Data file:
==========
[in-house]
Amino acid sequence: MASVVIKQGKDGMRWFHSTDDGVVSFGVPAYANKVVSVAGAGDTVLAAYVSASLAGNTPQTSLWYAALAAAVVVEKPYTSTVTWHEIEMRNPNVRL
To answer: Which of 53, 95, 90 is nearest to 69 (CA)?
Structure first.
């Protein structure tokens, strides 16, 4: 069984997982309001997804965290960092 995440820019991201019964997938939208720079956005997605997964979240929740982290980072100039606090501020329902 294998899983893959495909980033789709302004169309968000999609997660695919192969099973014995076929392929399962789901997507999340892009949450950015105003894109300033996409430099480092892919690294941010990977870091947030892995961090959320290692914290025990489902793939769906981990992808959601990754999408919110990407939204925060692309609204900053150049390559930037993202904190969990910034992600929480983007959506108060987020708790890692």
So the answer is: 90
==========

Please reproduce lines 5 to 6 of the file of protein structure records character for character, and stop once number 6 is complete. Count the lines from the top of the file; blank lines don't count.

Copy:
């Protein structure tokens, strides 16, 4: 069984997982309001997804965290960092 995440820019991201019964997938939208720079956005997605997964979240929740982290980072100039606090501020329902 294998899983893959495909980033789709302004169309968000999609997660695919192969099973014995076929392929399962789901997507999340892009949450950015105003894109300033996409430099480092892919690294941010990977870091947030892995961090959320290692914290025990489902793939769906981990992808959601990754999408919110990407939204925060692309609204900053150049390559930037993202904190969990910034992600929480983007959506108060987020708790890692």
So the answer is: 90